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broad street», but its meaning grew broader than the street, to include «a particular city», «a business office», «an area dedicated to a specific purpose» before broadening even wider to mean «area». In the process, the word place displaced (!) the Old English word stow and became used instead of the Old English word stede (which survives instead, steadfast, steady and - of course - instead).is a natural process, especially in situations of «language on a shoestring», where the speaker has a limited vocabulary at her disposal, either because she is young and just acquiring language or because she is not fluent in a second language. A first-year Spanish student on her first vacation in Spain might find herself using the word coche, «car», for cars, trucks, jeeps, buses, and so on. When my son Alexander was two, he used the word oinju (from orange juice) to refer to any type of juice, including grape juice and apple juice; wawa (from water) referred to water and hoses, among other things.examples of general English words that have undergone generalization include:Old Meaning«men's wide breeches extending from waist to ankle»«broad street»opposite of generalization, specialization is the narrowing of a word to refer to what previously would have been but one example of what it referred to. For instance, the word meat originally referred to «any type of food», but came to mean «the flesh of animals as opposed to the flesh of fish». The original sense of meat survives in terms like mincemeat, «chopped apples and spices used as a pie filling»; sweetmeat, «candy»; and nutmeat, «the edible portion of a nut». When developing your model language, it is meet to leave compounds untouched, even if one of their morphemes has undergone specialization (or any other meaning change).an example from another language, the Japanese word koto originally referred to «any type of stringed instrument» but came to be used to refer only a specific instrument with 13 strings, which was played horizontally and was popular in the Edo Period.examples of specialization, from the development of English, include:Old Meaning«emotion»«animal»«countryside»«a young person»«to die»taxonomy of semantic changeother semantic change can be discussed in either terms of generalization or specialization. The following diagram shows different subtypes of meaning change., or extensionextensionor narrowingspecializationreversalshift in meaning results from the subsequent action of generalization and specialization over time: a word that has extended into a new area then undergoes narrowing to exclude its original meaning. In the unlikely event that all the senses of place except for «a business office» faded away, then place would be said to have undergone a shift.is a figure of speech where one word is substituted for a related word; the relationship might be that of cause and effect, container and contained, part and whole. For instance, Shakespeare's comment «Is it not strange that sheep's guts should hale souls out of men's bodies?» (from Much Ado About Nothing) uses «sheep's guts» to refer to the music produced by harpstrings. Had guts come to mean «music», then the meaning would have shifted due to metonymy.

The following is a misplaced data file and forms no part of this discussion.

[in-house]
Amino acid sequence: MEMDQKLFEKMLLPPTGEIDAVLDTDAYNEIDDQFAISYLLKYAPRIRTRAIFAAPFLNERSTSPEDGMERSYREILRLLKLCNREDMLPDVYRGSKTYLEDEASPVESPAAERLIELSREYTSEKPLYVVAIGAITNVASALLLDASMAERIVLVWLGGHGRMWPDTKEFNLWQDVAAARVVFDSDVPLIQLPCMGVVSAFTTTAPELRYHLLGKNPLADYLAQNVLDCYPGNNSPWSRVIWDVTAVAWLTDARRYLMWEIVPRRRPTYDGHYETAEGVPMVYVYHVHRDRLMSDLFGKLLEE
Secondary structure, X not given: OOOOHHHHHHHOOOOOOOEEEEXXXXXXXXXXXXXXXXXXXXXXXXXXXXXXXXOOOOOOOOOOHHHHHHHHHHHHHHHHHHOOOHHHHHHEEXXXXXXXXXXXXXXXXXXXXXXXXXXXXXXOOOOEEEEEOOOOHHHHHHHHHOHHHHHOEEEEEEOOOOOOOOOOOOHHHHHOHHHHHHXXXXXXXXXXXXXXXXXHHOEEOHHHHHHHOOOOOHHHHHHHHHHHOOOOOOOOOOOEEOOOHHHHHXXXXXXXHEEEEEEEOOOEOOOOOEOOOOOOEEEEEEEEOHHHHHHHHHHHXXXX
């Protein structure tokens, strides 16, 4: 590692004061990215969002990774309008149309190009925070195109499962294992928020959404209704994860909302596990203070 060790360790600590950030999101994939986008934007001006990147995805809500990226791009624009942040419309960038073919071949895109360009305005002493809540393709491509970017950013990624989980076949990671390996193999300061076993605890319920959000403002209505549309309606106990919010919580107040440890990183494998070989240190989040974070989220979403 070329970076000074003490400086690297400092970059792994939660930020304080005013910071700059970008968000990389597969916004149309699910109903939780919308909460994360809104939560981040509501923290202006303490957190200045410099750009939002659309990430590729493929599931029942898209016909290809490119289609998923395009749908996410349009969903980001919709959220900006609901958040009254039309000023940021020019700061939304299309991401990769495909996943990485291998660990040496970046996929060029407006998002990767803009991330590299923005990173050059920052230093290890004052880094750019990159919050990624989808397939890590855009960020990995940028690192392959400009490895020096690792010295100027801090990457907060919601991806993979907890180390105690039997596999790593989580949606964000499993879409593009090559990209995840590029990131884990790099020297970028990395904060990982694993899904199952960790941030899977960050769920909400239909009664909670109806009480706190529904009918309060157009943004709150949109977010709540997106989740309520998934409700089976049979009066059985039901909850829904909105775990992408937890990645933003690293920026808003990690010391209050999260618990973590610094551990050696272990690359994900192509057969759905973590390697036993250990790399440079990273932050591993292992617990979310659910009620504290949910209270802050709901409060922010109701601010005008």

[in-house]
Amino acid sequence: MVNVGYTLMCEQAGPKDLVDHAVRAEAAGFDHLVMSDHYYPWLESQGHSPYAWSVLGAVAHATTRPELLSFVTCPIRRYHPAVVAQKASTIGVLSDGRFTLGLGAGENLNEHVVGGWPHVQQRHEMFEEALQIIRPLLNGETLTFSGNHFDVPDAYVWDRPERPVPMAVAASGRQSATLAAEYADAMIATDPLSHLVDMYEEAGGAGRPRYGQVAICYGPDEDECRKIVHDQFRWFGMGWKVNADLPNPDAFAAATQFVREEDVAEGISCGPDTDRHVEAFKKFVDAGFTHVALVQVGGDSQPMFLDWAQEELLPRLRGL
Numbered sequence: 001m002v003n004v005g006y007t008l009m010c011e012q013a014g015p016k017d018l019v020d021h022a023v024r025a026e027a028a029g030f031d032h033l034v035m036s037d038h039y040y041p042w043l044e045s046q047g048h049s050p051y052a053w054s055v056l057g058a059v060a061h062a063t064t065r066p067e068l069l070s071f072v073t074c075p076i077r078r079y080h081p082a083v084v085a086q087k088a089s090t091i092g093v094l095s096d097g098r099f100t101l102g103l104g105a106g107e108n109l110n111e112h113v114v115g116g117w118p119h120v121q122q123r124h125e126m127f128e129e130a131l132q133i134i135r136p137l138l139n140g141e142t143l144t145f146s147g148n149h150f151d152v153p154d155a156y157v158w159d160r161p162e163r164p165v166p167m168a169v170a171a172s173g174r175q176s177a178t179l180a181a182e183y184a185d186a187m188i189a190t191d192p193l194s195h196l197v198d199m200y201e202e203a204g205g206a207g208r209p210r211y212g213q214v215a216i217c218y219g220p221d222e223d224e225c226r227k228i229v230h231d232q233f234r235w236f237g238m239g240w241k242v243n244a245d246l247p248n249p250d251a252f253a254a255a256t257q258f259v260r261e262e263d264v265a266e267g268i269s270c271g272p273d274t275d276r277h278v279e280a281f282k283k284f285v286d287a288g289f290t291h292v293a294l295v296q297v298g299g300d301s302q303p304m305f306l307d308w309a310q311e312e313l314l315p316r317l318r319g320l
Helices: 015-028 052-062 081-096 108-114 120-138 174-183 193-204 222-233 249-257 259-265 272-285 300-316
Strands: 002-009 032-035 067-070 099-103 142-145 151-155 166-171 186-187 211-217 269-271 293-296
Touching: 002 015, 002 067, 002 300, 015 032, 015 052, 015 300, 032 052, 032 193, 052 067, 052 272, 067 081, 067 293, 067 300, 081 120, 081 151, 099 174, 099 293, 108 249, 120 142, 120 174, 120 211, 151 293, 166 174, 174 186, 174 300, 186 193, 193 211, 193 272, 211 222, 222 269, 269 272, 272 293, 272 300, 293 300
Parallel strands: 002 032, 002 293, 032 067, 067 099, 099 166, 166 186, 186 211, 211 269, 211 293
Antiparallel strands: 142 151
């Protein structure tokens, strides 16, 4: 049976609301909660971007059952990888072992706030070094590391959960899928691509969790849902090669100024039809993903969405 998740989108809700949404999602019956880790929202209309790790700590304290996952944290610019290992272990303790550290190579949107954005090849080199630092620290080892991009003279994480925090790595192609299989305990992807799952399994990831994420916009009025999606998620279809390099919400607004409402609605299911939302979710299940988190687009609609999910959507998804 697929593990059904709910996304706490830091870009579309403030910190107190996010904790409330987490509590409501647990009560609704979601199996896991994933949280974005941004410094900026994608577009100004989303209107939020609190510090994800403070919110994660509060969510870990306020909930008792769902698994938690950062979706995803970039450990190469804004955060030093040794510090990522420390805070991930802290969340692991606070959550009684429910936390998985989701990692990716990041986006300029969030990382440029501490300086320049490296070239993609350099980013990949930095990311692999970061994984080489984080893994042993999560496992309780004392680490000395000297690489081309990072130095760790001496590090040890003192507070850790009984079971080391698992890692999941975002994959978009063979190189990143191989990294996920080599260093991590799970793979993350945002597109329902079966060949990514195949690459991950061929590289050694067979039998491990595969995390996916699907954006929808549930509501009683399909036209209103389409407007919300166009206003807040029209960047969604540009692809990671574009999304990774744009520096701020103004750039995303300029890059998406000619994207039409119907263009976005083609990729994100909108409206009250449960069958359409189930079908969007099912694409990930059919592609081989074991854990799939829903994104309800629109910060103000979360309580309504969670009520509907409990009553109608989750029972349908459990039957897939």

The Greek word dóma originally meant «roof». In the same way English speakers will metonymically use roof to mean «house» (as in «Now we have a roof over our heads»), the Greeks frequently used dóma to refer to «house», so that that is now the standard meaning of the word. A Russian word will provide a similar example: vinograd, «vineyard», was so frequently used to refer to «grapes», as in «Let's have a taste of the vineyard» that it has come to mean «grapes».extensionMurray Hopper, the late Admiral and computer pioneer, told a story of an early computer that kept calculating incorrectly. When technicians opened up its case to examine the wiring, which physically represented the machine's logic, a huge dead moth was found, shorting out one of the circuits and causing the faulty logic. That moth was the first of its kind to achieve immortality. Because of it, software is now frequently plagued with «bugs».use of bug to refer to an error in computer logic was a metaphorical extension that became so popular that it is now part of the regular meaning of bug. The computer industry has a host of words whose meaning has been extended through such metaphors, including mouse for that now ubiquitous computer input device (so named because the cord connecting it to the computer made it resemble that cutest of rodents).extension is the extension of meaning in a new direction through popular adoption of an originally metaphorical meaning. The crane at a construction site was given its name by comparison to the long-necked bird of the same name. When the meaning of the word daughter was first extended from that of «one's female child» to «a female descendant» (as in daughter of Eve), the listener might not have even noticed that the meaning had been extended.extension is almost a natural process undergone by every word. We don't even think of it as meaning change. In its less obvious instances, we don't even see it as extending the meaning of a word. For example, the word illuminate originally meant «to light up», but has broadened to mean «to clarify», «to edify». These meanings seem so natural as to be integral parts of the words, where senses such as «to celebrate» and «to adorn a page with designs» seem like more obvious additions.few specific metaphors are common to many different languages, and words can be shown to have undergone similar, if independent, developments. Thus the Welsh word haul and the Gaelic word súil, both meaning «sun», have both come to mean «eye». Nor is this metaphor a stranger to English, where the daisy was in Old English originally a compound meaning «day's eye», from its yellow similarity to the sun.often, languages will differ in the precise correspondences between words, so that some languages have broad words with many meanings, which must be translated into multiple words in another language. A word like paternoster, discussed earlier, with senses ranging from the «Lord's Prayer» to «a magic spell» to «a large bead» to «a weighted fishing line» will have to be translated into four different words in another language (though I challenge you to find an English-to-language-of-your - choice dictionary that indicates the four meanings of paternoster).Old Meaning«to light up»is metaphorical extension on a grander scale, with new meanings radiating from a central semantic core to embrace many related ideas. The word head originally referred to that part of the human body above the rest. Since the top of a nail, pin or screw is, like the human head, the top of a slim outline, that sense has become included in the meaning of head. Since the bulb of a cabbage or lettuce is round like the human head, that sense has become included in the meaning of head. Know where I'm headed with this? The meaning of the word head has radiated out to include the head of a coin (the side picturing the human head), the head of the list (the top item in the list), the head of a table, the head of the family, a head of cattle, $50 a head. But I'll stop while I'm ahead.words that have similarly radiated meanings outward from a central core include the words heart, root and sun.only specific subtype of specialization that I have identified is contextual specialization.specializationword undertaker originally meant «one who undertakes a task, especially one who is an entrepreneur». This illustrates contextual specialization, where the meaning of a word is reshaped under pressure from another word that had frequently co-occured with it: thus undertaker acquired its meaning from constant use of the phrase funeral undertaker; eventually, under the pressure towards euphemism, the word funeral was dropped.example of contextual specialization is doctor, which originally meant «a teacher» and then later «an expert», where it came to be used in the phrase medical doctor; now of course this is redundant and medical is omitted, with the primary sense of doctor having become more specialized.Old Meaning«entrepreneur»«teacher»heard an American student at Cambridge University telling some English friends how he climbed over a locked gate to get into his college and tore his pants, and one of them asked, 'But, how could you tear your pants and not your trousers?Moss, «British/American Language Dictionary»occur when the sense of a word expands and contracts, with the final focus of the meaning different from the original. For some reason, words describing clothing tend to shift meanings more frequently than other words, perhaps because fashion trends come and go, leaving words to seem as old fashioned as the clothing they describe. Who today wants to wear bloomers, knickers or pantaloons?word pants has an interesting history. It's ultimate etymon is Old Italian Pantalone. In the 1600s, Italy developed commedia dell'arte, a style of comedy based on improvisation using stock characters. Pantalone was a stock character who was portrayed as a foolish old man wearing slippers and tight trousers. Through regular metyonmy, speakers of Old French borrowed his name to describe his Italian trousers. Their word was then borrowed into English as pantaloo